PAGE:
But there are two competing explanations, that position the situation more negatively: As ocean temperatures rise due to the climate crisis, some parasites are going extinct. The worms examined here may just be reproducing faster, leading to bigger parasitic families that may still die off sooner rather than later.
It's also possible that human nutrient pollution could also be spurring them on. As agricultural, logging or development runoff finds its way into the ocean, it brings with it nutrients, says Wood. This may be setting off a vicious cycle: Those nutrients fuel the growth of phytoplankton (tiny plants), which feed tiny crustaceans, who serve as additional hosts for tiny parasitic worms.
What this means for dinner
Regardless of how and why Anisakis worms have thrived in the past decades, humans will likely do just fine. As Wood notes in a statement, most sushi chefs are trained to catch such worms in raw fish. And if you're worried a bit of closer inspection can't hurt.
Even if you do contract a worm, the result isn't threatening to your health, adds Wood — despite how uncomfortable you might become. The human body can get rid of worms eventually: The CDC notes many people "can often extract the worm manually from their mouth or cough up the worm and prevent infection."
Vomiting, while not very fun, may also expel the worm from your insides.
Unfortunately, marine mammals aren't so lucky. These worms can stick around in their bodies and reproduce, says Wood. We know that when worms linger in human stomachs, they can cause issues like cognitive impairment. But we don't know how this might play out in marine mammals, says Wood, though there could be risks to their health that we don't know about yet.
"There's a potential for a huge health burden on whales and dolphins that are infected," Wood explains.
In summary: Humans may breathe a sigh of relief regarding the safety of eating a sushi dinner. But for those marine mammals who live raw fish each and every day, we're not sure of what their increasingly-wormy future might hold.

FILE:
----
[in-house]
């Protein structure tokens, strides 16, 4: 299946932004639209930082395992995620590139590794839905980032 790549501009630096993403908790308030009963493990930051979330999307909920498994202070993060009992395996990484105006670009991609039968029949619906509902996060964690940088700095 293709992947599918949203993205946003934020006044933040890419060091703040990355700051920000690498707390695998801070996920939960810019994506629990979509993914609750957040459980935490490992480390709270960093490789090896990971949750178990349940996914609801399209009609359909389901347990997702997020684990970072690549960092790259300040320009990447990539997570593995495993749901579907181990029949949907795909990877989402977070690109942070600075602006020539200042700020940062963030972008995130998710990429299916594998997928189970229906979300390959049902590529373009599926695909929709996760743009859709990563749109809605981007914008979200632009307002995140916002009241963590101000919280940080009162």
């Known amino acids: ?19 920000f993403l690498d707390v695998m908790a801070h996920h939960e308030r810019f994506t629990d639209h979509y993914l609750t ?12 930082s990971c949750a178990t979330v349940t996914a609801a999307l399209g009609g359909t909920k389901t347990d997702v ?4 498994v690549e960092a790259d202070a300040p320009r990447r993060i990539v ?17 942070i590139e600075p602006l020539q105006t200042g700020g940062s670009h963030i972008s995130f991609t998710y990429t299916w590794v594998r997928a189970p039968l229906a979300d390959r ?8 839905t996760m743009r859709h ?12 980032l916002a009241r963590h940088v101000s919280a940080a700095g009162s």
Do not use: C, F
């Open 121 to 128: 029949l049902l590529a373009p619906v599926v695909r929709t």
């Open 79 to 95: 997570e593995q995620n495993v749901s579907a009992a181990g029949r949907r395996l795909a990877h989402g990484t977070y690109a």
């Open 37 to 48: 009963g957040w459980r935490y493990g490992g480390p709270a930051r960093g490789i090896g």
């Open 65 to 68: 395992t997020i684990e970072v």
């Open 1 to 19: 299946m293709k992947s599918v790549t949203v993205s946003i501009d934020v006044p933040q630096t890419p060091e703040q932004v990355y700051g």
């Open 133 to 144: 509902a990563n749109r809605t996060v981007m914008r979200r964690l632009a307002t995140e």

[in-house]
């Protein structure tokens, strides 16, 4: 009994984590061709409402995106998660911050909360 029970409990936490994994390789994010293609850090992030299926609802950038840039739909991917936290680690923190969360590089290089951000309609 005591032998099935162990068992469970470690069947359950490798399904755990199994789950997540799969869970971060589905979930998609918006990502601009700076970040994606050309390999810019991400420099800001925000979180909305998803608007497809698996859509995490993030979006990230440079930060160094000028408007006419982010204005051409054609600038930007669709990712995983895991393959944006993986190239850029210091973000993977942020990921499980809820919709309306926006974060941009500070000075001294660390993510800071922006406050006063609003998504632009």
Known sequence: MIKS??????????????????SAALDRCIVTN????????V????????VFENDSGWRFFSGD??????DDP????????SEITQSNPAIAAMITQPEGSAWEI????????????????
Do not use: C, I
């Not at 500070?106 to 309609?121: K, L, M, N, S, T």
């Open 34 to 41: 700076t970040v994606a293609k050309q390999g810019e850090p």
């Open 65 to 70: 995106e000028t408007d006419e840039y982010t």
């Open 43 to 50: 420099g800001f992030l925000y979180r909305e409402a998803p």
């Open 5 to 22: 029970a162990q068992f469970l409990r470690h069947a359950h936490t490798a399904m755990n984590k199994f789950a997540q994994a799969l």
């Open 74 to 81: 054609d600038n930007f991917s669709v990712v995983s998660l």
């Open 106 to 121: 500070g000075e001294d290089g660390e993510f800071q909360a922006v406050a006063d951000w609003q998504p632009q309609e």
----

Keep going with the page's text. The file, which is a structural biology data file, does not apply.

Abstract: The Anthropocene has brought substantial change to ocean ecosystems, but whether this age will bring more or less marine disease is unknown. In recent years, the accelerating tempo of epizootic and zoonotic disease events has made it seem as if disease is on the rise. Is this apparent increase in disease due to increased observation and sampling effort, or to an actual rise in the abundance of parasites and pathogens? We examined the literature to track long-term change in the abundance of two parasitic nematode genera with zoonotic potential Anisakis spp. and Pseudoterranova spp. These anisakid nematodes cause the disease anisakidosis and are transmitted to humans in undercooked and raw marine seafood. A total of 123 papers published between 1967 and 2017 met our criteria for inclusion, from which we extracted 755 host–parasite–location–year combinations. Of these, 69.7% concerned Anisakis spp. and 30.3% focused on Pseudoterranova spp. Meta-regression revealed an increase in Anisakis spp. abundance (average number of worms / fish) over a 53-year period from 1962 to 2015 and no significant change in Pseudoterranova spp. abundance over a 37-year period from 1978 to 2015. Standardizing changes to the period of 1978 to 2015, so that results are comparable between genera, we detected a significant 283-fold increase in Anisakis spp. abundance and no change in abundance of Pseudoterranova spp. This increase in Anisakis spp. abundance may have implications for human health, marine mammal health, and fisheries profitability.